Scripps College Awarded $3.5 Million for the Ceramic Arts
Scripps College has received a $3.5 million commitment from Joan and David Lincoln to enhance and expand the study of the ceramic arts at Scripps College. The Lincolns’ pledge represents one of the largest single gifts to the arts in the College’s 84-year history. As part of the gift, Claremont Graduate University (CGU) will receive an additional $500,000 from the Lincolns to support scholarships for its Master’s of Fine Arts (MFA) program. An accomplished ceramics artist, Joan Lincoln is an alumna of Scripps College.
“This gift provides an opportunity for Scripps College and Claremont Graduate University to recapture their place as pre-eminent educators of ceramic artists,” said Lori Bettison-Varga, president of Scripps College. “For Scripps College, it is particularly meaningful to have this gift come from the Lincolns. Joan Lincoln holds dear her experience as a student at Scripps College and fondly recalls her ceramics education.”
The pledged gift will be used to fund the Joan and David Lincoln Endowment for Ceramic Art, the Joan and David Lincoln Study Center, and to construct the Joan and David Lincoln Ceramic Art Building, to be completed at Scripps College in 2011.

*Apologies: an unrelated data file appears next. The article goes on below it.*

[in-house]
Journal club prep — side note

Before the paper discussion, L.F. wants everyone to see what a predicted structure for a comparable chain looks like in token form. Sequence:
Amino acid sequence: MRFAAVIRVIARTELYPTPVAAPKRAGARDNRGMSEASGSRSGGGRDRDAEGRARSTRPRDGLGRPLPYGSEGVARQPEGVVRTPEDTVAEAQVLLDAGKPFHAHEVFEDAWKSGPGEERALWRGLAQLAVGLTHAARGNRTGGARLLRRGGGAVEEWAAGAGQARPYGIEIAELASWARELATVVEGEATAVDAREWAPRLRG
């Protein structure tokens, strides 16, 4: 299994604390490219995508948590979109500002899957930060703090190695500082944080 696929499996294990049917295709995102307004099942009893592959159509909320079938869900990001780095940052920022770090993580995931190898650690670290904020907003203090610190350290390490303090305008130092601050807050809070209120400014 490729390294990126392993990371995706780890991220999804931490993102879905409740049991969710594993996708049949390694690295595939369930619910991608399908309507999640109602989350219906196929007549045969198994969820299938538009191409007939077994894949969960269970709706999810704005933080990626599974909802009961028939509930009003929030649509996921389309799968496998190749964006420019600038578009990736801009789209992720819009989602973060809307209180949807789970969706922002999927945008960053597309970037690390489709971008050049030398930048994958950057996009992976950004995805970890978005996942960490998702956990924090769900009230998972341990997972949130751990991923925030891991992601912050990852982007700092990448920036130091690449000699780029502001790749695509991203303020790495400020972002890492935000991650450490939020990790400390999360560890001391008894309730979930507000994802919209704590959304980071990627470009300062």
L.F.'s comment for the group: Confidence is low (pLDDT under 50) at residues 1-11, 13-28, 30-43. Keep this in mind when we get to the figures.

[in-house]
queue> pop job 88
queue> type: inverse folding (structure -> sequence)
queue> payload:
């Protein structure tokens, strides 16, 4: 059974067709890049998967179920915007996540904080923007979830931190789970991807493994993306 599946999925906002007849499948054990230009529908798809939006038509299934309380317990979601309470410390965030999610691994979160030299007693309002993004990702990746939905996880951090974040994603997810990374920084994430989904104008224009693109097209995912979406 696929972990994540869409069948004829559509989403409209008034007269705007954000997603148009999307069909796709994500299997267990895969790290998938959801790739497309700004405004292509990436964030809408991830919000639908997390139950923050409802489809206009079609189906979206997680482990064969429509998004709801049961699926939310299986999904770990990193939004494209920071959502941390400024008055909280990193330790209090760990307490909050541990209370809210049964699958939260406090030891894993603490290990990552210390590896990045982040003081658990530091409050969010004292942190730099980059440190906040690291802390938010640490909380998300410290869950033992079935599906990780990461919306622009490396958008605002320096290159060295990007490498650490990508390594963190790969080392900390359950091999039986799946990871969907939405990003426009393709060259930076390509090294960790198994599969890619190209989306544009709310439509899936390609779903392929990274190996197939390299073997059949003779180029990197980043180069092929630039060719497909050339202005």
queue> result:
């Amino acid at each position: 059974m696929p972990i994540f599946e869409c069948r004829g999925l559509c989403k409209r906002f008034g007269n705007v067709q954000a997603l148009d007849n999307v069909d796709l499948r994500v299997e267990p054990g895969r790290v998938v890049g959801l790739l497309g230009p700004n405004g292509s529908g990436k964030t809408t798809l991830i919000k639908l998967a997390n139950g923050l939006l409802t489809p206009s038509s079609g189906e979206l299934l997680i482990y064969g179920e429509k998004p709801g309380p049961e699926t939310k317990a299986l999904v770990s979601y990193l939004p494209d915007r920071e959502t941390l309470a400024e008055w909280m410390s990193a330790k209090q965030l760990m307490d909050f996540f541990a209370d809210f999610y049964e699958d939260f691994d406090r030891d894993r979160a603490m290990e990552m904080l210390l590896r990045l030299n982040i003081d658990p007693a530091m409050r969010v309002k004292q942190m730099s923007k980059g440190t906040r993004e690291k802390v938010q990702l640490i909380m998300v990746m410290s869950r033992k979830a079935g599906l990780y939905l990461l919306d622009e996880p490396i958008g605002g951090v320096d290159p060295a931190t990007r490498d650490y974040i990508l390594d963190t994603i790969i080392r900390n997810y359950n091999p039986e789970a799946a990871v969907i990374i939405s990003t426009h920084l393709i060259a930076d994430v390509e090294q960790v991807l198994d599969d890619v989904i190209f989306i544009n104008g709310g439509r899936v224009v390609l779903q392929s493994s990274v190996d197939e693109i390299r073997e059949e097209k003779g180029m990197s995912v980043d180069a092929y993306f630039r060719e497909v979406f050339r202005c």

“The ceramic arts have had a long tradition at Scripps College, and this project provides a well-deserved expansion of studies in the fine arts,” said Ken Gonzales-Day, chair of the Scripps College Art Department. “It will closely link liberal arts education and graduate studies to provide countless new opportunities for future generations of undergraduate art students.”
“We are thrilled,” said David Pagel, chair of the CGU Art Department. “This will give our students greater opportunities and will attract a wider range of students in future years. We’re excited about the expanding relationship between CGU and Scripps.”
The Joan and David Lincoln Endowment for Ceramic Art will provide funding for interrelated and complementary components of ceramic art studies at Scripps College and CGU with a focus on education, exhibitions, research, and conservation. Its mission will be to create a deeper appreciation of ceramics as a vital form of art that both interprets and re-imagines the world. The endowment will support a visiting ceramic artist professorship to be shared by the art departments at Scripps College and CGU; create the Lincoln Ceramic Study Center at Scripps College to provide safe storage and conservation of the Scripps College collection and make it more accessible for scholarly research; and fund a portion of the Scripps College Ceramic Annual exhibition, now in its 66th year. It will also provide scholarship support for graduate studies in ceramic art at CGU.
The Lincoln Ceramic Art Building will add much needed space for the growing interest in ceramic and three-dimensional art studies at Scripps College. This building completes the campus master plan for the Art Department at Scripps College as envisioned in 1993. The 3,000 square-foot building, with 18-foot ceilings, will provide flexible and open instructional space for students and faculty.